In programming, it is often nice to be able to work with numbers whose values are a bit unpredictable. To create numbers that occur with (almost) no set pattern, one would need to use a function that returns a random value.
Before I go further, here is a simple example where you will see a random number when you click on the button:
[ click on the button to see a random number between 0 and 100 ]
Generating a random number is pretty straightforward because a function for doing this already exists, and this function is:Math.random();
To configure a number to randomly fall within a range of numbers, use the following format:Math.floor(Math.random()*(1+High-Low))+Low;
High refers to the largest number in your range, and Low refers to the lowest number in your range. For example, to get a number between 10 and 50, my line of code would look as follows:Math.floor(Math.random() * 41) + 10;
A random number between 10 and 50 will be displayed. Scott goes into more detail in his blog post True Random Integers in Flash CS3, but I'll summarize this briefly.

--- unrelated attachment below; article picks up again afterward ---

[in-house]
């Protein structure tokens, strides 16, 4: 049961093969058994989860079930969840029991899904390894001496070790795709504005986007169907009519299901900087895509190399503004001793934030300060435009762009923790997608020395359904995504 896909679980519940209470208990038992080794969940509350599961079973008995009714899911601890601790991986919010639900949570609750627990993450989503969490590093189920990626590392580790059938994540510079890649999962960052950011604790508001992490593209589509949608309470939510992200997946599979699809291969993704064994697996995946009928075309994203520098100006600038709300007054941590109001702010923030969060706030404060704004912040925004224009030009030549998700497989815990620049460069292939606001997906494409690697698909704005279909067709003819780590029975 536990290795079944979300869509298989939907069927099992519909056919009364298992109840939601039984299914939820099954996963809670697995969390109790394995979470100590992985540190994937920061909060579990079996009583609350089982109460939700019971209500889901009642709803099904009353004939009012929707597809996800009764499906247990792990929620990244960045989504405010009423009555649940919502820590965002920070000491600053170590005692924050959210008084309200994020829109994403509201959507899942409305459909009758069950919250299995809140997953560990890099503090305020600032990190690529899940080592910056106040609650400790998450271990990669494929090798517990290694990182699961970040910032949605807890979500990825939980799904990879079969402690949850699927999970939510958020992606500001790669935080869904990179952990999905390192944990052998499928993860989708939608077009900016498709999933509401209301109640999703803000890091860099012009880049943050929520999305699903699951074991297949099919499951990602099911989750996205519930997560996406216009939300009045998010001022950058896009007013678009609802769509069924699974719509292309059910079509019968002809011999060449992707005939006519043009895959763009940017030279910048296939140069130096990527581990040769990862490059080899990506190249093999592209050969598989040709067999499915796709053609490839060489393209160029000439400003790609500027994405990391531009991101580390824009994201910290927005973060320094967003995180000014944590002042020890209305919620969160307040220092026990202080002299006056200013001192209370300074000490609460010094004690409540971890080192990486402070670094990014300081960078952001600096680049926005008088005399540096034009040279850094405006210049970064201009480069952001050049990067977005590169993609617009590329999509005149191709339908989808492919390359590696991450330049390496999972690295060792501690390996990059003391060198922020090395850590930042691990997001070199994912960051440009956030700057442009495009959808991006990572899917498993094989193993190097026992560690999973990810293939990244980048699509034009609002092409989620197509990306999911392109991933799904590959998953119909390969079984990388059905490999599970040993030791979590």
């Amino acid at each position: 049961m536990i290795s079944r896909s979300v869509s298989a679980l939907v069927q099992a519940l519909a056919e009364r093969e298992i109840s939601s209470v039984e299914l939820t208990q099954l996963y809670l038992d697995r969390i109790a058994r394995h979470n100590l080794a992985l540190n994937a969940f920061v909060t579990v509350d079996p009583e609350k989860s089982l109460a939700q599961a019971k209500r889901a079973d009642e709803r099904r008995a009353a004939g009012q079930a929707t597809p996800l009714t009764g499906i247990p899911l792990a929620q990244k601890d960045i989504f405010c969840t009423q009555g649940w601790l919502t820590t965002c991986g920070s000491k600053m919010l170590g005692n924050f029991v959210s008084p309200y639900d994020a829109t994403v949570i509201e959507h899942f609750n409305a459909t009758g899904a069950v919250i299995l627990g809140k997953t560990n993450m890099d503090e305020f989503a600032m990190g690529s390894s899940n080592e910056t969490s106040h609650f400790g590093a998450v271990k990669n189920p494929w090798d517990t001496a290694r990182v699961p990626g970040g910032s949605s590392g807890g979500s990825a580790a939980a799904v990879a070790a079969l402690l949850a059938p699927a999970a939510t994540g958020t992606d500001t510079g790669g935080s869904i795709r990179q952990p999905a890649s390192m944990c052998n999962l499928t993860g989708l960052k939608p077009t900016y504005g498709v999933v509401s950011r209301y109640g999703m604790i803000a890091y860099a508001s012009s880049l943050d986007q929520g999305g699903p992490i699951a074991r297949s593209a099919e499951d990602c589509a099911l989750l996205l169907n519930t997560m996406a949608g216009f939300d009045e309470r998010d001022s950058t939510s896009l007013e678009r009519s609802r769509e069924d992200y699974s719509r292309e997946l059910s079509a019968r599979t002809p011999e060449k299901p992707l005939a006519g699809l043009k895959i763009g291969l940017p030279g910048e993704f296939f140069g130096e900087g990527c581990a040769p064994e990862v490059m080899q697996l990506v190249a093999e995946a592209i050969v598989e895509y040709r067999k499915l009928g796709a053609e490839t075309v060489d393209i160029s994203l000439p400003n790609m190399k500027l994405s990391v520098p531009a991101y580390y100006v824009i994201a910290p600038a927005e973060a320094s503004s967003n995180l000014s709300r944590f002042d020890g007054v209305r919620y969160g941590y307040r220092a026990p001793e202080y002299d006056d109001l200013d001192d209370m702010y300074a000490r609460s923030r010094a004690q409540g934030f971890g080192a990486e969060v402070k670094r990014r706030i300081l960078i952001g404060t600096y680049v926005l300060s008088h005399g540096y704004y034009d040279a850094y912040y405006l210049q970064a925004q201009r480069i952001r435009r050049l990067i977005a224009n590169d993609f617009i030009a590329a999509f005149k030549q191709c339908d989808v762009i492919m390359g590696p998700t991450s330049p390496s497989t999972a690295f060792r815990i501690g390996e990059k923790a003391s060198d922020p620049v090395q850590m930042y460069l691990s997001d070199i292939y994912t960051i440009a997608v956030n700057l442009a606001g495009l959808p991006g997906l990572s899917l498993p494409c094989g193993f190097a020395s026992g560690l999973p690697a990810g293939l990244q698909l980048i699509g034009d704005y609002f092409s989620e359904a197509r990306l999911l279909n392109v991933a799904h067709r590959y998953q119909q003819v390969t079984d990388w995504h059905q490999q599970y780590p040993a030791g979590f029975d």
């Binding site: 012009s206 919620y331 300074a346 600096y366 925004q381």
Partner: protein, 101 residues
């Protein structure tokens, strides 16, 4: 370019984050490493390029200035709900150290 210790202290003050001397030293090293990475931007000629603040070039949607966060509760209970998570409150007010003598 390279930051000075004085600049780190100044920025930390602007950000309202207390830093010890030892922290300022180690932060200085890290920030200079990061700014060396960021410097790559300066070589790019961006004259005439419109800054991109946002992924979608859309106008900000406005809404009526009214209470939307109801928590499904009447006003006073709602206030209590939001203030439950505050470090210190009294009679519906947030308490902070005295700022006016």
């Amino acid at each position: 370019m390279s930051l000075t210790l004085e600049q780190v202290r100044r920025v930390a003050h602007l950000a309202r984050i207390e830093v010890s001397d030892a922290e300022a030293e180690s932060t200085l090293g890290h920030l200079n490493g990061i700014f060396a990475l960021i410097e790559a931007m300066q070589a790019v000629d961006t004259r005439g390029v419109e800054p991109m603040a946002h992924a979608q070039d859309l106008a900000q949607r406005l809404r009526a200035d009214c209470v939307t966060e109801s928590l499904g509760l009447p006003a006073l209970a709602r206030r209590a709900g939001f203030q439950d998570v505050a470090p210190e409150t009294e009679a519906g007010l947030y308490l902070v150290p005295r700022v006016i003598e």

Walking Through the Approach
You may be wondering why getting the a random number between a range of numbers is so...inelegant. The addition of the 1 seems almost silly in the grand scheme of things.
The reason is that Math.random() returns a number greater than or equal to zero AND less than 1. The function will never return a 1 as its value. It will return something like .9999999, but it won't be a 1. Because we are rounding the output by Math.floor where we round down to the nearest integer, if we did not add the 1, you will never get the maximum possible answer for High - Low when it is multiplied by Math.random().
Let's say we ignore the one. Your code would now look as follows:Math.floor(Math.random() * 40) + 10;
Math.random() * 40 will never return a 40 because that would require Math.random() to return a 1. We know from the AS3 documentation that Math.random() will get close to 1, but it will never reach one. Let's be optimistic and say that Math.random() returns a .9999, and we multiply that value by 40. The answer you will receive will be 39.996.
Guess what Math.floor of 39.996 is going to be? It is going to be 39! When this 39 gets added to 10, you get a value of 49. As you can see, you have no conceivable way of getting an answer of 50 which is the high number in your range of values. The only solution is to add a 1 to the operation where you are subtracting High from Low. Once you do that, you will be able to generate all numbers within the range of your high and low numbers with equal frequency.
Well, this wraps up my explanation of how random numbers can be generated in Flash. If you would like to see what my example looks like, download the source file from below:
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